This is a fascinating anthology that has been very well put together by Mark Pirie. It’s divided into various categories and nearly all of them contain poetry of considerable merit and reflect an impressive ability to use words in a balanced and provocative way.


However, before I get into more detail, I should mention that I do have some trouble with the Parodies section. There seems to be an awful lot of them and they can become a little tiresome. I presume at one period they were rather popular but some times it’s rather difficult for this reader to find the humour there. Accepting that the fault may be mine, then, I do experience a real unease at white men trying to write like they imagine a West Indian speaks. I suppose these particular parodies were of their time – rather like rickets or the lack of good medical facilities. Sometimes, I guess, the past should stay there.

The rest of the anthology is, as I said, rather wonderful and I especially want to draw your attention to the Watchers and Listeners section which begins with the almost inevitable poem about war and cricket – “A Time Will Come” by Arnold Wall which envisages boys

Born in the days of evil chance
Who never knew sport or easy days
But played their game in the fields of France


It’s a lovely poem reflecting how once the rhythm of cricket is re-established, the memory of war and loss will always be there. It won’t hurt us to remember that today. A similar mood is created by “Around the Cenotaph” by Peter Olds with it’s mood of tranquility as the writer watches the “women cricketers” and mulls over the growth of the lime trees around the cenotaph as the years pass. There the similarities end as he introduces a “deranged, out-of-it young man” who attempts to cut the tree down with an axe. The sudden introduction of violence jars the reader and we realise that years after the War violence is still here but it’s a different kind of violence; more irrational and, somehow, more troubling.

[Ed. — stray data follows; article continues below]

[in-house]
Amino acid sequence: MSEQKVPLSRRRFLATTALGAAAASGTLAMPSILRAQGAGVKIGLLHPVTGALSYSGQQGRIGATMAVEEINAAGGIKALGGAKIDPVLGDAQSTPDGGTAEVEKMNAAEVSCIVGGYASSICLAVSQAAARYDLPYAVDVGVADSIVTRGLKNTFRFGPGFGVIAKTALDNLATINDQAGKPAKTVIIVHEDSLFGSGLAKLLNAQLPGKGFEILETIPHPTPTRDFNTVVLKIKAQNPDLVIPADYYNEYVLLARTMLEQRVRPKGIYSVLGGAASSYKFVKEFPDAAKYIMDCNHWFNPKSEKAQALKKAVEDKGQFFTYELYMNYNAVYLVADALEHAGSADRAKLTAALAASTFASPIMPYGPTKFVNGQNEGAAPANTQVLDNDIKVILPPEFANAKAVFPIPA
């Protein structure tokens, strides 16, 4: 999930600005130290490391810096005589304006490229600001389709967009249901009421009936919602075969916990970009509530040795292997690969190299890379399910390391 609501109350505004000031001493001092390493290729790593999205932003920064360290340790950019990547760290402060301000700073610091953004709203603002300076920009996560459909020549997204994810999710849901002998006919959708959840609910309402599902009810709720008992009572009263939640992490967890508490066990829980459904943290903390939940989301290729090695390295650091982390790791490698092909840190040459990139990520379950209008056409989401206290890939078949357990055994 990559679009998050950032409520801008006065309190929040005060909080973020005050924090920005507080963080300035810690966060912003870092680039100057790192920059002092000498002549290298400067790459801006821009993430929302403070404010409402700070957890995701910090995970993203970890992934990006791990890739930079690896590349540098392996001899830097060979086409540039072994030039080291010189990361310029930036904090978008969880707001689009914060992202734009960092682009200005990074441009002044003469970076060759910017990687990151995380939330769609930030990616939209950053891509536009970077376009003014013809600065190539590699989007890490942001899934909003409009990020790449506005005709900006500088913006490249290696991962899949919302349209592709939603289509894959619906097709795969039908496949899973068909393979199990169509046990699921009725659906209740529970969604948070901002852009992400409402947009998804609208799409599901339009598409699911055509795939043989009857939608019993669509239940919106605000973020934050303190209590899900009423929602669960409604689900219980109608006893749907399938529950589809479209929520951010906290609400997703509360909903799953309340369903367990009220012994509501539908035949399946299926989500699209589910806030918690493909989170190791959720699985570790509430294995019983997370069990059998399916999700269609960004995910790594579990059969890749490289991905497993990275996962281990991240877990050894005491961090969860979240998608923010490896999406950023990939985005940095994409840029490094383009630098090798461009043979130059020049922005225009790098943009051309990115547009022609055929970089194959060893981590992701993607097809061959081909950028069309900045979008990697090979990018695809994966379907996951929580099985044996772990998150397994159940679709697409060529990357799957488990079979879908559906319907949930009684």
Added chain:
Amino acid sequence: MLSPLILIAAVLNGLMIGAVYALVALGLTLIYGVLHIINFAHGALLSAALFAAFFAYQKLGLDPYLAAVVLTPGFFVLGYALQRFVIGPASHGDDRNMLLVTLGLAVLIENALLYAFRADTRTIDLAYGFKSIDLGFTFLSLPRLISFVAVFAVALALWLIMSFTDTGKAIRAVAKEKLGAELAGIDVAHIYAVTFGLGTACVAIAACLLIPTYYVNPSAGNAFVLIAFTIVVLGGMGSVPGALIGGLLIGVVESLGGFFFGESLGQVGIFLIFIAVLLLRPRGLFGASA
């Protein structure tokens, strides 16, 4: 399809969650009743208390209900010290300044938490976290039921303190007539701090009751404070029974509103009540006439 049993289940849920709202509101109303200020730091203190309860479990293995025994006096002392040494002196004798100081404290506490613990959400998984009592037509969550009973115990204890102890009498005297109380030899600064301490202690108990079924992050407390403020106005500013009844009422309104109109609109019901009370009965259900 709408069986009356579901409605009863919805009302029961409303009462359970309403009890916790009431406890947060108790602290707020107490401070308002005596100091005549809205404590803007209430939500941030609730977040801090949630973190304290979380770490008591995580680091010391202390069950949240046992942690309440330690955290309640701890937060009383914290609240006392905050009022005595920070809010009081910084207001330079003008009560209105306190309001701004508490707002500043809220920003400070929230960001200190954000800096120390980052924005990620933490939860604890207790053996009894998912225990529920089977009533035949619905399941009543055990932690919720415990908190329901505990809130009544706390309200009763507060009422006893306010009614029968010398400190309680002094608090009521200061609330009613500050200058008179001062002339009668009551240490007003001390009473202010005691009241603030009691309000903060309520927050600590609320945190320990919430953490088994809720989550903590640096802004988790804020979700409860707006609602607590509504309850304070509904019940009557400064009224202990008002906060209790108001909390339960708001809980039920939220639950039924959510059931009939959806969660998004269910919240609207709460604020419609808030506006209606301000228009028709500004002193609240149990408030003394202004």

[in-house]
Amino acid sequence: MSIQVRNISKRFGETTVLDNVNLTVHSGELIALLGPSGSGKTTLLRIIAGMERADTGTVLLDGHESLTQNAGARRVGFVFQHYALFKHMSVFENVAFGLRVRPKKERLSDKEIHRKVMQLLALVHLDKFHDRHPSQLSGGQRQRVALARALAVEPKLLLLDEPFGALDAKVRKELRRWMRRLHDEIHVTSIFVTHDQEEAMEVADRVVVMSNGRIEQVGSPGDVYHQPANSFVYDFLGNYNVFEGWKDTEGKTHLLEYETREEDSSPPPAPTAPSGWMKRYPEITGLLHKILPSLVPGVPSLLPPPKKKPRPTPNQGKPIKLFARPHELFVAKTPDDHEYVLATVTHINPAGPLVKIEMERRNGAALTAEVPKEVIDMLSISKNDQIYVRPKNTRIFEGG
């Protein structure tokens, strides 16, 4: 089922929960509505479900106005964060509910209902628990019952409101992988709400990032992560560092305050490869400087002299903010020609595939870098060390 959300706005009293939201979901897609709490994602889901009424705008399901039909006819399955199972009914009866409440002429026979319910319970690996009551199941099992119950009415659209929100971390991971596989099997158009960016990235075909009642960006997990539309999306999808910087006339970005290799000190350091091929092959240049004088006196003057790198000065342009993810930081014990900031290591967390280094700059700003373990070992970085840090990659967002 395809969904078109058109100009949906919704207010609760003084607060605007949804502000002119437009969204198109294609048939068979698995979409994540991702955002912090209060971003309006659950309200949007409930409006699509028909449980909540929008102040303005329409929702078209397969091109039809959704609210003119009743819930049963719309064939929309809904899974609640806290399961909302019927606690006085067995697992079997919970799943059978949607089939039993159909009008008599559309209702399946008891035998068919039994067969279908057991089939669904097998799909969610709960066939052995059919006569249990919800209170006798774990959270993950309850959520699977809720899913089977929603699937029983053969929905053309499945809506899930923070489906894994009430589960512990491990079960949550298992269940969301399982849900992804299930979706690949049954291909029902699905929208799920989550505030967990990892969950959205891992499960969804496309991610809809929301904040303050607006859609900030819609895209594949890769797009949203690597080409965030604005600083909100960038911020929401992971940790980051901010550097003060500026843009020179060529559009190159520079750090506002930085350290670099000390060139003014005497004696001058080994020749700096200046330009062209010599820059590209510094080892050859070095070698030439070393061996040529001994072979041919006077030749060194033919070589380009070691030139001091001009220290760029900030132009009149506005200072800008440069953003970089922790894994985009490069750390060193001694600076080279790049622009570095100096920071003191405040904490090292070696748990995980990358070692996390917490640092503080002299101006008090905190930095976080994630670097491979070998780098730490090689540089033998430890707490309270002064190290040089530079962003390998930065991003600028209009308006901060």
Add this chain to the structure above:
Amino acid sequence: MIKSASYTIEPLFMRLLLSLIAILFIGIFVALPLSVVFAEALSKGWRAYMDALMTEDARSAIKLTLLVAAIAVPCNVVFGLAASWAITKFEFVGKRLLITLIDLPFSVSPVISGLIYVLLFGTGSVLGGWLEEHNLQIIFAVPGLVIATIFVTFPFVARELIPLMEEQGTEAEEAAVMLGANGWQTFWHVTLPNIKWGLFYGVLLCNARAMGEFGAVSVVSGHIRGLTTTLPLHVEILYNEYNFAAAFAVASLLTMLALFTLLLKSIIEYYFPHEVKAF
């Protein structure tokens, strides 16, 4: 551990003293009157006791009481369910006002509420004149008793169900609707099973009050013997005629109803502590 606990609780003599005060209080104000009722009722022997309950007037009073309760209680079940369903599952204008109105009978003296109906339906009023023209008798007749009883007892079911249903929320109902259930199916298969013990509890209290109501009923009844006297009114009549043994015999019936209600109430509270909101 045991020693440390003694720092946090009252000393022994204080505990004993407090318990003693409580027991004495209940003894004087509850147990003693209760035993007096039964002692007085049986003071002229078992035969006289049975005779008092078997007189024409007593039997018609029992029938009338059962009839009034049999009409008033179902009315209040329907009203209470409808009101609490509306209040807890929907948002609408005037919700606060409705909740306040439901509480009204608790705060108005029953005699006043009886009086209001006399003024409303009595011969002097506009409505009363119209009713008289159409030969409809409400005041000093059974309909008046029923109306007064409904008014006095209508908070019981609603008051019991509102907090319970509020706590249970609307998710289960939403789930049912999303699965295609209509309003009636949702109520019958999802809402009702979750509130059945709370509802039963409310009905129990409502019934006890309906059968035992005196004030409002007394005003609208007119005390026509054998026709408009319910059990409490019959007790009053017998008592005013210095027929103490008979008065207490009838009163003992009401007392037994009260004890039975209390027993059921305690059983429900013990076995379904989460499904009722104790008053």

Like all good poetry it’s not just the words that are important but the spaces between and behind the words-the spaces that lead us to ask all sort of questions. Consider Jenny Powell’s “Under Cover”. It’s a haunting poem about, I think, a father and daughter watching cricket at Carisbrook, a routine that took place every Christmas.

How it must have seemed that we hadn’t a care
In the world, our sole concern the Plunket
Shield coming south


Instinctively we know that isn’t true. There’s something a little uneasy and troubling though we are never told what it is. It’s a fine poem of mood and contradiction with a lovely balance in the words the poet uses and the rhythm she creates. There are poems of crafted description like Harry Rickett’s “Kelburn Park” or Pat Wilson’s “Cricket at Ilford” both creating moods that wash over you when reading them and make you realise and appreciate the various moods of cricket, especially the grounds and settings it is played on.

Sometimes the poems make you wince as they touch a nerve, even if it needs to be touched. In “A Woman Watching Cricket”, Elizabeth Smither neatly skewers the sexism that she recognises in the game. No women will commentate on the game she suggests. Their job is:

….to see and
and applaud in the right places


Many other poems deal with death and passing – and I wonder if the writing on any other sport is so redolent with this theme. There are many examples of this in the anthology – a sense of ending for players and crowd members alike. Do make sure you read “My Elderly Father Watches Television” by Geoff Cochrane. It won’t take you long and it is so worth the effort.

One could go on but I would like to make three final points. Firstly, this anthology reflects the depth of poetic talent there is in New Zealand. There aren’t many duds (rare for any anthology!) and some of the poetry is impressive in its marriage of structure, language, and theme. Secondly, the anthology allows us to see the role that cricket plays, and has played, in the lives of New Zealanders. Some of what we read isn’t nice and pleasant. It can be raw and unsettling but so can life. These poems don’t offer the neutrality of cricket statistics – a point beautifully made in Mark Piries’ poem “Legacies and Cold Stats” – but rather the emotions bound up with living, and dying. Finally, it’s worth stressing that the book is well laid out with an informative introduction by Mark Pirie, together with a helpful index of writers at the end. The foreword by Don Neely is a worthy celebration of the game and is a fine complement to this excellent anthology.

If you don’t really like poetry but like cricket; buy it! It will change your mind.

If you like poetry but think cricket is like watching paint dry; buy it! It might just change your mind.